- Molly Fredle: Molly is in her Masters studying the ecology of Blacklip Abalone in Bass Strait. For part of her thesis, she is modelling the spatial and temporal patterns while exploring its population connectivity using network analysis. Molly is also analysing the spatial autocorrelation of the network and analysing the relationship between spatio-temporal and environmental variables on abalone density from survey data. Her research projects integrate empirical and modelling methods while using spatial and statistical tools. Blacklip abalone is an economically important species for fishery, and understanding its population connectivity and ecology can have major economic impacts.
- Trish Koh: I completed a Bachelor of Science (Zoology) and a Diploma of Languages (French) at the University of Melbourne in 2015. In 2016, I joined the MSEAC lab as a Master of Science student. My research project is focused on larval dispersal and population connectivity of sea urchins in Port Phillip Bay, Victoria. I am using laboratory experiments to quantify the swimming capacity of sea urchin larvae and using models to explore their dispersal pathways and networks in the Bay. Additionally, I aim to identify sea urchin hotspots and the main sources of their larvae. My research will highlight the importance of larval swimming on dispersal outcomes as well as shed light on how sea urchin barrens are maintained in Port Phillip Bay. In my spare time, I have a blog where I post about general science topics ranging from dark matter to my own little sea urchins.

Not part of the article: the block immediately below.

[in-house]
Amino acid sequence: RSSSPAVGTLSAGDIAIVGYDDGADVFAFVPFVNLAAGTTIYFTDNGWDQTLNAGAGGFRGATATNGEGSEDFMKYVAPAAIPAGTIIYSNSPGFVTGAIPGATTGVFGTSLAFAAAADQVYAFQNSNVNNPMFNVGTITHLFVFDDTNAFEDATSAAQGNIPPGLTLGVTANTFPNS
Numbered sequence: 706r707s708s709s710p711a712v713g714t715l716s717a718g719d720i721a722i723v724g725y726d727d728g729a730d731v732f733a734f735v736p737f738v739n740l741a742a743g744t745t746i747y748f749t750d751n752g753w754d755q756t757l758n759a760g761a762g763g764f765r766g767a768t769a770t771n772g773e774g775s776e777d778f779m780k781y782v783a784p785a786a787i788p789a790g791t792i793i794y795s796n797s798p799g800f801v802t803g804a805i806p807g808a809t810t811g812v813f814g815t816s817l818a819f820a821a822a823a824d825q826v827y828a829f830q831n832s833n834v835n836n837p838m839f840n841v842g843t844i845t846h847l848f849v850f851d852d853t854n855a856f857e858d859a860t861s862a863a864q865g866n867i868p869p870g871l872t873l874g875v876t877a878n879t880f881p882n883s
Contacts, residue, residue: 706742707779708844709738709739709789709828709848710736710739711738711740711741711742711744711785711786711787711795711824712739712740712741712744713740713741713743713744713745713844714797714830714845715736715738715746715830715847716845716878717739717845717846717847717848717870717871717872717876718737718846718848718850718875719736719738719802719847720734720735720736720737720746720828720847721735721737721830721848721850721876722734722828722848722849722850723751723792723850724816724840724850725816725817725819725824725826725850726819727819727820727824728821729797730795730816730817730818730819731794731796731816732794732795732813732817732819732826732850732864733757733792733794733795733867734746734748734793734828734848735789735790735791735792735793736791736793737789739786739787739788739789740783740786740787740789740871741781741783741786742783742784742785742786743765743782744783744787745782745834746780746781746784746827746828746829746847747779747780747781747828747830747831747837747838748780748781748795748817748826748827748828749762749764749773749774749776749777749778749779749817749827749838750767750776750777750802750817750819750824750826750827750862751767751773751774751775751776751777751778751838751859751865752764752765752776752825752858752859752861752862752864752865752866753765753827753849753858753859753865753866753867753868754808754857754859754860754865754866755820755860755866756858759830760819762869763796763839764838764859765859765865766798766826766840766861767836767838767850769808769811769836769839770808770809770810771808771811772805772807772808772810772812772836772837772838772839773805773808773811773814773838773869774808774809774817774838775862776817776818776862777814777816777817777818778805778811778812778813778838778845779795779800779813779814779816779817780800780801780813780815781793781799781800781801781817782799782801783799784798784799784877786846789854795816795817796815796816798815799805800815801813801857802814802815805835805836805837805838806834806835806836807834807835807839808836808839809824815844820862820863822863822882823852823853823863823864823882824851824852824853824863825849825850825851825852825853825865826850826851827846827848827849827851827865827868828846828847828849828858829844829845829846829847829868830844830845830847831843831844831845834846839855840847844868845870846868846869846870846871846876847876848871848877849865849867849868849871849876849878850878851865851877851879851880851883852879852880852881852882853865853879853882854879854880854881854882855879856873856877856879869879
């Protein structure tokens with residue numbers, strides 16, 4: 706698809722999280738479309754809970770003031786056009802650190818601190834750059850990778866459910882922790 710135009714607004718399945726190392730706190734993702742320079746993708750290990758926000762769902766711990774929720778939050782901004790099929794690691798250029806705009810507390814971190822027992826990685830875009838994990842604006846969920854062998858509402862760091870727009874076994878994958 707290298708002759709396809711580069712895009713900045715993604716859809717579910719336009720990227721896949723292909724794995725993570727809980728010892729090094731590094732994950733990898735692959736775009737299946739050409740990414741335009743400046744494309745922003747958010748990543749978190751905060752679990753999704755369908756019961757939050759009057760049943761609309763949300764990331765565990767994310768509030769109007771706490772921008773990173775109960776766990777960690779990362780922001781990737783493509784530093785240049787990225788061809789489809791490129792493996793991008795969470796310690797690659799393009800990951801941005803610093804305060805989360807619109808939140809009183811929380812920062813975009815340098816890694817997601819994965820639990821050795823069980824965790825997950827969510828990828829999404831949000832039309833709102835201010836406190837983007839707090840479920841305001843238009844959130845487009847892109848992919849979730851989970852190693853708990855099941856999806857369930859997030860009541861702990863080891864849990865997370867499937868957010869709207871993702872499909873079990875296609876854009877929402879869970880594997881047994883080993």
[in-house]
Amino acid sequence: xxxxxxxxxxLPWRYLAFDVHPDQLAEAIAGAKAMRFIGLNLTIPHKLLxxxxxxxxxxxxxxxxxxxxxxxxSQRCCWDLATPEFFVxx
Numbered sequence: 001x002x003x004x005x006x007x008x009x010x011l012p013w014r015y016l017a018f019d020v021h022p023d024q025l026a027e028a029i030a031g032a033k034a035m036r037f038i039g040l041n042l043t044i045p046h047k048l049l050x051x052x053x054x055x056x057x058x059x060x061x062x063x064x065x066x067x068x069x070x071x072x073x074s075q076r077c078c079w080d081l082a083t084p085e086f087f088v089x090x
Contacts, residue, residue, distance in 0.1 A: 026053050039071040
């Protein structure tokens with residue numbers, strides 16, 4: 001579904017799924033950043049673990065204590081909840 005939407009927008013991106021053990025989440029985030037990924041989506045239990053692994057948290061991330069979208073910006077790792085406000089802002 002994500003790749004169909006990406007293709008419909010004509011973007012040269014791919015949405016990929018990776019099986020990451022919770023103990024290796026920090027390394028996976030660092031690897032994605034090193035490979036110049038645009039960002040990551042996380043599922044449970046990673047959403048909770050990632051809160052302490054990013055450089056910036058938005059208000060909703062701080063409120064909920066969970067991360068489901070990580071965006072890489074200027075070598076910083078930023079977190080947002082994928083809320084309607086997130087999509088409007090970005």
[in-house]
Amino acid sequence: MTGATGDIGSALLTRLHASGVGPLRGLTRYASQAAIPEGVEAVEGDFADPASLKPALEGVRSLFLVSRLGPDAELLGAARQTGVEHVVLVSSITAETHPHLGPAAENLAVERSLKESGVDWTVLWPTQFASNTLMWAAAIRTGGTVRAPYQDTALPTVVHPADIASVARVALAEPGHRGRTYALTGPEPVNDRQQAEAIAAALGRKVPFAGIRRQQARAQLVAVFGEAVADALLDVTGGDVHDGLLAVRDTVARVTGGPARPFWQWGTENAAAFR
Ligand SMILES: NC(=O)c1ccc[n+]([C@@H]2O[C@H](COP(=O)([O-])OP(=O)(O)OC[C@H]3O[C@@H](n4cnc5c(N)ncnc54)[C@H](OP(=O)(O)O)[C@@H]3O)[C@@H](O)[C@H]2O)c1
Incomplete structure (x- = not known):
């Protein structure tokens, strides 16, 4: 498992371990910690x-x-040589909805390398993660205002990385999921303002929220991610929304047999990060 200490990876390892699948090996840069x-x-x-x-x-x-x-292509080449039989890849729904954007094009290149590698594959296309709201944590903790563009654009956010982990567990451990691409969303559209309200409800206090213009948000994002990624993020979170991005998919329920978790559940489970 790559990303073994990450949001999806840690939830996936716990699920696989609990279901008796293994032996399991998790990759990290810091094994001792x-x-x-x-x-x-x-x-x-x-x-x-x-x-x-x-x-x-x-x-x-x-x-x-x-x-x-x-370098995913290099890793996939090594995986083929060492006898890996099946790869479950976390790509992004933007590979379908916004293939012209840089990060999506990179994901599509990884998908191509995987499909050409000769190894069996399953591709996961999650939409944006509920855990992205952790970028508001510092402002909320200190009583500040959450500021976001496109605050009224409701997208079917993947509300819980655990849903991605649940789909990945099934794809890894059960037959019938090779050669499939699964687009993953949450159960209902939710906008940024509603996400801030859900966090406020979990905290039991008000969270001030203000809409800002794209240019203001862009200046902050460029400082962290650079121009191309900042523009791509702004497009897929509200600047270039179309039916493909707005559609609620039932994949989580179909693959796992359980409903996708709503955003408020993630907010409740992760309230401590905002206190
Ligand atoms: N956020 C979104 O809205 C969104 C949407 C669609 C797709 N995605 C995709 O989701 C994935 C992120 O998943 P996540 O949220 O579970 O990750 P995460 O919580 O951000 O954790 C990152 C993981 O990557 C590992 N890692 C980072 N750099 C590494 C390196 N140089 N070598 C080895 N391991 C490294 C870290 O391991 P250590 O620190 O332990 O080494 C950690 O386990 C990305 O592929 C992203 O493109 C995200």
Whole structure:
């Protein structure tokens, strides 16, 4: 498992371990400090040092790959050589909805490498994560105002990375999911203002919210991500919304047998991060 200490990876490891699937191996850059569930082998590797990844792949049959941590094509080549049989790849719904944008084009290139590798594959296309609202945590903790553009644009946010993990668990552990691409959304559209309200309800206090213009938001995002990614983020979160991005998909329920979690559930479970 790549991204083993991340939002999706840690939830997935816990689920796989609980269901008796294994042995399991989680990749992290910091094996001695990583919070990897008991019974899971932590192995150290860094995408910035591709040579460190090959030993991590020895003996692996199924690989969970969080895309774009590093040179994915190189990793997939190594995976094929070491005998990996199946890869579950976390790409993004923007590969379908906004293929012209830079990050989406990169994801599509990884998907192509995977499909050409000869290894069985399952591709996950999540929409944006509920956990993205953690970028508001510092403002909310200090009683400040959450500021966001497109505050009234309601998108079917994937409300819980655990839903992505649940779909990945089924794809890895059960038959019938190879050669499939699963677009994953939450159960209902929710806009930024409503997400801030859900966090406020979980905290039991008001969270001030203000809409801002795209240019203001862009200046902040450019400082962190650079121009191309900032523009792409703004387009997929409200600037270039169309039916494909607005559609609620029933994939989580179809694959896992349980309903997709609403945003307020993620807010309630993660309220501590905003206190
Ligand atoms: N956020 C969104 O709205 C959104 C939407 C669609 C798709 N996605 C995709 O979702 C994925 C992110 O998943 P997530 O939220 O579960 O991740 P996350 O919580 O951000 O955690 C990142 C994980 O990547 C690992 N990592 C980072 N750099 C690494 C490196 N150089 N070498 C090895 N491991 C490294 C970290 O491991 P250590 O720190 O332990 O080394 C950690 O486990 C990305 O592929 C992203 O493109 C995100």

- Jutta Beher Jutta is a spatial ecologist and works as a research assistant in the Marine Spatial Ecology and Conservation Lab. She has a weakness for maps, coding, and using applied science for maximising conservation outcomes and making smart decisions. She has worked for some years as a freelance biologist for different research institutions and organisations in Europe as well as for the Centre of Excellence for Environmental Decisions at the University of Queensland. Currently, she is mainly processing spatial data for the simulation of the ecological connections in the marine environment through the dispersal of fish, crustacean or coral larvae, and providing this information to stakeholders that plan for conservation and sustainable fisheries. All publications are on scholar.google and researchgate.